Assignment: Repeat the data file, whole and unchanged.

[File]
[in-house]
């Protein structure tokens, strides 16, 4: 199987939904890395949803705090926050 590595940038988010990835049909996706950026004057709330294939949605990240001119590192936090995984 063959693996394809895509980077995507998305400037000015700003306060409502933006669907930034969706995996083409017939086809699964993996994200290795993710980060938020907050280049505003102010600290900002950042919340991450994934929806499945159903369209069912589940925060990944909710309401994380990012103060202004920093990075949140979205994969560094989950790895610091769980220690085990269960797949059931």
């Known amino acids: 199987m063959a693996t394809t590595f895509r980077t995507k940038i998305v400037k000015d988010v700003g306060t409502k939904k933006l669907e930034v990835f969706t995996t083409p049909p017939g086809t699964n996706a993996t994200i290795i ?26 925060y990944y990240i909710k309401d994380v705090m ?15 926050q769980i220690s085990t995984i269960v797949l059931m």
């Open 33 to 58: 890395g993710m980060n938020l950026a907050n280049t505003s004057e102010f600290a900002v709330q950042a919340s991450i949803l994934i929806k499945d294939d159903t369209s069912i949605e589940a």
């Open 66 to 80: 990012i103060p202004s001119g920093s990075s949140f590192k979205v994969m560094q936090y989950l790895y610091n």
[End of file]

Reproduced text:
[in-house]
């Protein structure tokens, strides 16, 4: 199987939904890395949803705090926050 590595940038988010990835049909996706950026004057709330294939949605990240001119590192936090995984 063959693996394809895509980077995507998305400037000015700003306060409502933006669907930034969706995996083409017939086809699964993996994200290795993710980060938020907050280049505003102010600290900002950042919340991450994934929806499945159903369209069912589940925060990944909710309401994380990012103060202004920093990075949140979205994969560094989950790895610091769980220690085990269960797949059931």
């Known amino acids: 199987m063959a693996t394809t590595f895509r980077t995507k940038i998305v400037k000015d988010v700003g306060t409502k939904k933006l669907e930034v990835f969706t995996t083409p049909p017939g086809t699964n996706a993996t994200i290795i ?26 925060y990944y990240i909710k309401d994380v705090m ?15 926050q769980i220690s085990t995984i269960v797949l059931m």
């Open 33 to 58: 890395g993710m980060n938020l950026a907050n280049t505003s004057e102010f600290a900002v709330q950042a919340s991450i949803l994934i929806k499945d294939d159903t369209s069912i949605e589940a």
């Open 66 to 80: 990012i103060p202004s001119g920093s990075s949140f590192k979205v994969m560094q936090y989950l790895y610091n």